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Surrogacy – law reform for single parents?

More people are turning to surrogacy, with figures showing that the number of children being born through surrogacy had almost tripled in the last…

More and more people are turning to surrogacy, with figures last year from the Ministry of Justice Family Court showing that the number of children being born through surrogacy had almost tripled in the last three years in the UK.

When a child is born pursuant to a surrogacy arrangement the surrogate mother is classed as the legal mother of the child and will automatically have parental responsibility for that child. It is, however, possible for the intended parents to obtain a “parental order” which effectively transfers the legal parentage and parental responsibility from the surrogate mother (and her husband, if she is married) to the intended parents. The child is then treated for all intents and purposes in law, as their child.

At present, however, parental orders are not available to single parents. Section 54 of the Human Fertilisation and Embryology Act 2008 provides that only those who are married, in a civil partnership or in an enduring family relationship can apply for a parental order. It appears to be accepted by the government that when the surrogacy legislation was originally passed, single parents were consciously excluded from the legislation amid concerns that single parents may struggle to cope with the demands of bringing up a child. At that time it was thought that it would be better if single parents were forced to go down the adoption route which involved a far more rigorous assessment process.

This was, however, challenged in the case of Re Z (A child) (No. 2) (2016) EWHC 1191 (Fam). In this case, a British man attempted to gain legal status of his biological child after employing the services of a surrogate in the US. His application was refused on the basis that he was a single parent, thus leaving the surrogate as the legally recognised parent in the UK. Naturally, the father sought to challenge this decision on the basis that the law as it stands is discriminative and is based on an outmoded normative view of what should constitute the 'correct' family structure.

Ultimately Sir James Munby, the President of the High Court Family Division made a formal declaration stating that UK surrogacy law was incompatible with the Human Rights Act. Such declarations are rare and effectively prompted the government to review the current legislation concerning Parental Orders.

A draft remedial order was laid before parliament in November 2017 which proposed an “equal approach for a single person and couples in obtaining legal parenthood after a surrogacy arrangement.”

Shortly thereafter (in March 2018) the Parliamentary Joint Committee on Human Rights reported to parliament on the draft remedial order. They highlighted a number of concerns including the following:

  1. The initial draft only allowed one person to apply for a parental order if they were not in an “enduring family relationship”. This meant that if they were married or cohabiting with a partner they could only apply for a parental order jointly with their spouse/partner. Hence in the event that their partner did not agree to becoming a legal parent too, they would be prevented from making the necessary application, even if their relationship with their new partner was in its infancy and they had not been involved in the surrogacy. This would have had the effect of permanently depriving some biological parents from the opportunity of acquiring parenthood status of their own children. The committee expressed concerns about this requirement and commented "Trying to put a blanket ban on a person who is in a couple getting a single parental order is clumsy and inflexible as well as discriminatory."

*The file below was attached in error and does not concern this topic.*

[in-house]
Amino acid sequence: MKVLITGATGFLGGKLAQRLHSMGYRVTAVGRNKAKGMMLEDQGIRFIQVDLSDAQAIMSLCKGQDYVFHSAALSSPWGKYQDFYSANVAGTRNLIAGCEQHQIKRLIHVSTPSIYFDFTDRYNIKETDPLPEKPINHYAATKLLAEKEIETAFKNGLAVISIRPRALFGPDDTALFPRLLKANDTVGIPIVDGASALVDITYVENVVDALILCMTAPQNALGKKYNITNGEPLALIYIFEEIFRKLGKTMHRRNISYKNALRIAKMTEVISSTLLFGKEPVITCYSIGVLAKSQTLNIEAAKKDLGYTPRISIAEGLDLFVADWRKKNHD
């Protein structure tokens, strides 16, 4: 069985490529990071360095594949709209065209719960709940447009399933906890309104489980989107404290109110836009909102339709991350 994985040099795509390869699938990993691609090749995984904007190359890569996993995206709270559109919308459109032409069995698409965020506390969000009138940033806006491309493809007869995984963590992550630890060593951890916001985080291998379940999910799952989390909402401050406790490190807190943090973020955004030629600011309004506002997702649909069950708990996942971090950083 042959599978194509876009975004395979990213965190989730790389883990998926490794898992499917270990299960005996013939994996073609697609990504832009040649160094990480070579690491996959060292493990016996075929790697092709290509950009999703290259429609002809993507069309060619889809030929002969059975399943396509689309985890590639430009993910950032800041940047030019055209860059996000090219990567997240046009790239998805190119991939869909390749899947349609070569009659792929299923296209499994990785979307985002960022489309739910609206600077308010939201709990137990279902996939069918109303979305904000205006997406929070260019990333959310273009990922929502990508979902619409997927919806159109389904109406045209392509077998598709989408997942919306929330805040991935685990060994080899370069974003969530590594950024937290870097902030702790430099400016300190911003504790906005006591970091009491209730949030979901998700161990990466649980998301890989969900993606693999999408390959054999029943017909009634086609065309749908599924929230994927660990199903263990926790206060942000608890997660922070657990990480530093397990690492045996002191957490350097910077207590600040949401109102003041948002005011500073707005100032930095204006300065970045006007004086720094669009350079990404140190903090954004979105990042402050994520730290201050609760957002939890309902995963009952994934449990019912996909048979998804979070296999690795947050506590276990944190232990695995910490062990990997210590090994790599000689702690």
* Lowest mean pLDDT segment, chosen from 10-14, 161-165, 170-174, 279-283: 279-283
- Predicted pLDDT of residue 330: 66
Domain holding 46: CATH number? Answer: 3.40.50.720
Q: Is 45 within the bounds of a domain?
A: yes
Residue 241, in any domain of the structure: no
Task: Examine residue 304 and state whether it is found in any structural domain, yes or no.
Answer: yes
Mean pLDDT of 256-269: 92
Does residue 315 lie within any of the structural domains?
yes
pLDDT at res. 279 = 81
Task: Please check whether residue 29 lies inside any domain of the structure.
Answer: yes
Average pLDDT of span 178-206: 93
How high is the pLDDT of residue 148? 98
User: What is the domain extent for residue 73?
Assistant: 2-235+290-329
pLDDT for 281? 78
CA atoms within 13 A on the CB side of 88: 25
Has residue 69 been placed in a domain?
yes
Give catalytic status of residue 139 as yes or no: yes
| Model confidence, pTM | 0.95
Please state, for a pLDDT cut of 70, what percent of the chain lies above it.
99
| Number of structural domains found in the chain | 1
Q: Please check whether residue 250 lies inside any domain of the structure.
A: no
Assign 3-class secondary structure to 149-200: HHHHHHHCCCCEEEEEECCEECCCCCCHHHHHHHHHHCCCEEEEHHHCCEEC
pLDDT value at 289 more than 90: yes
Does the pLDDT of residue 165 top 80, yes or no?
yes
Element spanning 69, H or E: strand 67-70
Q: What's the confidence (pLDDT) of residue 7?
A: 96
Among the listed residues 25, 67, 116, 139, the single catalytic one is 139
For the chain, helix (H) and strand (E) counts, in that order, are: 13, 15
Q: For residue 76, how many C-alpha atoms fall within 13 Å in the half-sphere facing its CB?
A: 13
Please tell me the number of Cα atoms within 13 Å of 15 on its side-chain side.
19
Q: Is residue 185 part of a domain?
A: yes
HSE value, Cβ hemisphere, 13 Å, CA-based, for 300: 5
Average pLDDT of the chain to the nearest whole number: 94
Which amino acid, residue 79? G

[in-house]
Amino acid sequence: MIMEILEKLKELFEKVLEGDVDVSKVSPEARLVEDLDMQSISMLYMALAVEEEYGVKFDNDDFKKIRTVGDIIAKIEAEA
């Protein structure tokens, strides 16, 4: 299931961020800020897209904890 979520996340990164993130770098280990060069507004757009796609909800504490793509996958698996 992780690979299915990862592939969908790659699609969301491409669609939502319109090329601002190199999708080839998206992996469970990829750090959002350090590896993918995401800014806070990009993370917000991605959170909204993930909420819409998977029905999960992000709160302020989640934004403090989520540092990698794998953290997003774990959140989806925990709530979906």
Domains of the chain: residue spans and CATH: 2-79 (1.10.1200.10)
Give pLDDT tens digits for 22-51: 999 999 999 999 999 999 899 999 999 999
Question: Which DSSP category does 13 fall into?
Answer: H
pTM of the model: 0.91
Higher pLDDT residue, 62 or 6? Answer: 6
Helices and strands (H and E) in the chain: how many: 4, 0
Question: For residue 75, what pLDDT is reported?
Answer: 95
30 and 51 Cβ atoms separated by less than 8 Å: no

To date the government has not explained why they deemed it necessary to require a single parent's partner with no biological link to the child to be recognised as that child's parent in order for the biological parent to be so recognised. Certainly this is not the case for children conceived without recourse to a surrogacy arrangement.

  2. In addition the initial draft stated that if the single person was separated from their former partner but remained married or in a civil partnership then they would be obliged to prove that the separation was permanent in nature. Similarly, the committee recommended that the government reconsider its position in this regard.

The government took on board the above criticisms and have indicated that they will remove such restrictions from the draft remedial order, so the final draft should allow all single biological parents to be recognised as legal parents of their own children.

The draft remedial order has now gone back to Parliament for a second time and it is hoped that the new law will come into force towards the end of January 2019.

The rules will be retrospective so that single parents who already have children will be able to apply for a parental order within six months of the law changing, which will enable them to acquire a UK birth certificate and the status of being their child’s sole legal parent.

For many, these changes have been a long time coming and represent an overdue acknowledgement of the important role that surrogacy plays in our society, helping to create much-wanted families in a world where attitudes and lifestyles are increasingly diverse.

Rachel Lim is an associate in Weightmans’ family team.

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